Husqvarna are back – and not for the first time. However this time they are under the ownership of KTM and not BMW, and that means the firm has had a change of focus. Again, not for the first time…
When BMW bought Husqvarna from the MV Agusta Group in 2007, the plan was to create a range of modern-styled bikes powered by BMW motors but carrying the Husqvarna brand name to help them appeal to younger riders. In the end that plan turned sour and BMW off-loaded Husky in 2013 to KTM. Now, five years later, KTM are relaunching a range of Husqvarna road bikes that borrow heavily from KTM’s product line-up in terms of technology, but take a very different path when it comes to styling. And guess what, yep, they are targeting younger riders. But this time the bike market may very well play into Husqvarna’s hands as they aren’t just targeting young consumers, they are after the fashionable ones…
According to Husky, the Svartpilen and Vitpilen are as much fashion accessories as they are motorcycles and that means that they are hoping they will sell as such. What Husky are planning to do is appeal to fashion- conscious urban riders who want a bike that looks cool and will make them stand out. I hate to use the term hipster, but there are a lot of ‘cool types’ in Husky’s marketing campaigns. Is this a good sales plan for a company that is attempting to rekindle interest in its brand after a fair few years in the wilderness? Only time will tell, and the firm certainly has a few stumbling blocks to overcome along the way, but at least they have the bare bones in place as both the Svartpilen and Vitpilen tick most of the correct boxes. Most…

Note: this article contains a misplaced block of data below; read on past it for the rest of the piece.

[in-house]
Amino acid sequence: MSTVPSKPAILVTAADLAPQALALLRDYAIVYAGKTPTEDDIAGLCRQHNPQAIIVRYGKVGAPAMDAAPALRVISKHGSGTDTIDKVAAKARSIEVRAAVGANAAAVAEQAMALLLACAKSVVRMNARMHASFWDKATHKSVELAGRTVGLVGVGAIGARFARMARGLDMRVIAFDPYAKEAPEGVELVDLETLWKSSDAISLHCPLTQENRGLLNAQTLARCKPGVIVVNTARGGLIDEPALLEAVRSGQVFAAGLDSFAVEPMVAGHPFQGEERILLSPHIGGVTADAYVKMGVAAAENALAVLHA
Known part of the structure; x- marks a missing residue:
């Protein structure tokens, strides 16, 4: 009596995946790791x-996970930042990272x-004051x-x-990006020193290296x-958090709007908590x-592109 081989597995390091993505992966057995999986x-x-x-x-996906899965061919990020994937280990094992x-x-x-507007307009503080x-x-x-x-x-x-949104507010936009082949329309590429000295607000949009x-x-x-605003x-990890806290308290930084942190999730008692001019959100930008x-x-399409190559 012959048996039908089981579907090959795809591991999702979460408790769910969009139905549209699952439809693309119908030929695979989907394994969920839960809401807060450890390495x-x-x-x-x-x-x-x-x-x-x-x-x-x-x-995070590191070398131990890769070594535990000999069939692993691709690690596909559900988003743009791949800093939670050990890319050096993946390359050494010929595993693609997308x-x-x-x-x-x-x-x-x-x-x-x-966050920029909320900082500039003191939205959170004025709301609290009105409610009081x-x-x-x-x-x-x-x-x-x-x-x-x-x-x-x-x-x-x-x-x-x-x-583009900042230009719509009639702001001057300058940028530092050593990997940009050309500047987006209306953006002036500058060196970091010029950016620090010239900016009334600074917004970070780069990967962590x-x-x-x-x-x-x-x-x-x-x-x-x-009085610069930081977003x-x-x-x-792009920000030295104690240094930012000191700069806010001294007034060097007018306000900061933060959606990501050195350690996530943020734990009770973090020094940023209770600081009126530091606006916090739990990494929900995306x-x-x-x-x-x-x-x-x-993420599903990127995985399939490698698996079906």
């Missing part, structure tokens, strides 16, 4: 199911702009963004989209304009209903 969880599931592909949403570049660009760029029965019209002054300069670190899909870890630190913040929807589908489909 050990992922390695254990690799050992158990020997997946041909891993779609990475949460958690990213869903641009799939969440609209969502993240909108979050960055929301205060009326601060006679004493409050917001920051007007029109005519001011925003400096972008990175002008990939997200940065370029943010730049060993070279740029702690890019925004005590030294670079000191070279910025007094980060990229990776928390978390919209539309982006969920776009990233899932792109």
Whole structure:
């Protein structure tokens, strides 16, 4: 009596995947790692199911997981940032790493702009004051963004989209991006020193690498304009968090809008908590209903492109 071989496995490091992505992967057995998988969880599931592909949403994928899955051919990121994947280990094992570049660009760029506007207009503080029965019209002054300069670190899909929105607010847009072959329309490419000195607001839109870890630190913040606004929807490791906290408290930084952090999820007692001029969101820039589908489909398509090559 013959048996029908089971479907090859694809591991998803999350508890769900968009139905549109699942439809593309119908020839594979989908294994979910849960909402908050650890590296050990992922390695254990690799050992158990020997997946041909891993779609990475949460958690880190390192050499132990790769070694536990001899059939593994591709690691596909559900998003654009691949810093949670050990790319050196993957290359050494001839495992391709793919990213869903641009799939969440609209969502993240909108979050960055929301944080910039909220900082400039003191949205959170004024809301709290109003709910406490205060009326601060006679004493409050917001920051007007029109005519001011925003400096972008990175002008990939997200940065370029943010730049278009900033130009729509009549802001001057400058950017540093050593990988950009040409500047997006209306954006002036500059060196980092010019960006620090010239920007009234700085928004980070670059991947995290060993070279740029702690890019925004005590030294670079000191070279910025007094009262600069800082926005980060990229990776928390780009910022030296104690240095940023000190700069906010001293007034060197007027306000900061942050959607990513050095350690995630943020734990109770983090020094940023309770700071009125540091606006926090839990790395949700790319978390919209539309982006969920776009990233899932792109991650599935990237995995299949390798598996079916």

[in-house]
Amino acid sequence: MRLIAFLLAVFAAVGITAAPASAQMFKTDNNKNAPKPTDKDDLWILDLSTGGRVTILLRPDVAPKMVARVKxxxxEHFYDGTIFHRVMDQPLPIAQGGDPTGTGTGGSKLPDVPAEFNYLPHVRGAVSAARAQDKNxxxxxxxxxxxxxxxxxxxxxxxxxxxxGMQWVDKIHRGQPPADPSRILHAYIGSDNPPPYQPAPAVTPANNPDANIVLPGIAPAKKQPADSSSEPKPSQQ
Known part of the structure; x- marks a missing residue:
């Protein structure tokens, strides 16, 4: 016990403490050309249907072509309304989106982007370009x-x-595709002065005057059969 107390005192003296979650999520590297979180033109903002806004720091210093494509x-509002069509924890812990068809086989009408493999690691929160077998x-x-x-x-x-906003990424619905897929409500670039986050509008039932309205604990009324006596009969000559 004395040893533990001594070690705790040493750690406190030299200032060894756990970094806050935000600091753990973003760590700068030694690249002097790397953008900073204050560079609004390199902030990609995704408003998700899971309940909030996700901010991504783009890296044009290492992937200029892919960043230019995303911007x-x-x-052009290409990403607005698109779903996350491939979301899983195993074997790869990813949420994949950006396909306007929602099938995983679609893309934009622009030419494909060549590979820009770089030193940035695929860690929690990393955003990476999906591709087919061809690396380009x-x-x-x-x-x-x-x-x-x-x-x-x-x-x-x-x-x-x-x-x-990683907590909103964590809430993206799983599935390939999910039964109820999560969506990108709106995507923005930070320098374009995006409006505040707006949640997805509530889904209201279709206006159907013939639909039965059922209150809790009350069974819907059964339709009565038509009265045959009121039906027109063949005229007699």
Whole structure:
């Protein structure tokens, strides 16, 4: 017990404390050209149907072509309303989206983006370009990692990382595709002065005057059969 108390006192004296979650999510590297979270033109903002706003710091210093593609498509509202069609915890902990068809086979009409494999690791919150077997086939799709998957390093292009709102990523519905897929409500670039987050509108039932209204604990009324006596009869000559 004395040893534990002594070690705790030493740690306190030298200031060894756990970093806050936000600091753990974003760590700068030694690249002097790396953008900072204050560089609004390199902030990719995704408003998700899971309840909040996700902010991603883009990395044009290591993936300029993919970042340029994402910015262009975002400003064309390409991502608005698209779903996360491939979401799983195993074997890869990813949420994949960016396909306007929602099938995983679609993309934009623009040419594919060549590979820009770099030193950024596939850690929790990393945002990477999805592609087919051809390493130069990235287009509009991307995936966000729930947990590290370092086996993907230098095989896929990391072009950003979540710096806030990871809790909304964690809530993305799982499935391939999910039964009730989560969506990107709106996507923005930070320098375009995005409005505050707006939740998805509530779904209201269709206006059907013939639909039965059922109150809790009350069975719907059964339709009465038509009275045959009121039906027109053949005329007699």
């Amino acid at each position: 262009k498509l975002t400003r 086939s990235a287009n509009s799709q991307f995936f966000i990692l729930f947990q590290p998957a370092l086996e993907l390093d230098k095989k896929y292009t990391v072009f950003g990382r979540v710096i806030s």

While they are two distinct models, the Svartpilen and Vitpilen can basically be talked about as one bike due to the fact the majority of their components are shared. Both bikes are powered by KTM’s 390 Duke single cylinder motor, they have the same trellis frame as the Duke, similar WP suspension, the same swingarm and the same ride-by-wire throttle system. But what separates them from the KTM is their styling, which it has to be said is very appealing and ultra modern.
The Svartpilen (black arrow in Swedish) is the, err, black one and is styled to look like an urban enduro while the Vitpilen (white arrow in Swedish) is a modern take on a café racer, which comes in white. Both bikes have spoke wheels where the Duke has cast items, and on the Svartpilen they are shod in chunky Pirelli Scorpion Rally tyres where the Vitpilen gets road-orientated Metzeler M5s. Other than that, the Huskies get an LCD dash, LED lights, cool bodywork and the Svartpilen high bars where the Vitpilen has lower clip-on style items. And there is one final difference.
KTM’s small capacity Duke models are built in India before being shipped to Europe, where both Husqvarna models are assembled in Austria. This is important because Husky are using this, alongside their funky styling, to justify the fact that the Vitpilen and Svartpilen cost £5599 where the 390 Duke is £4699, which is a £900 difference. Are they worth the premium?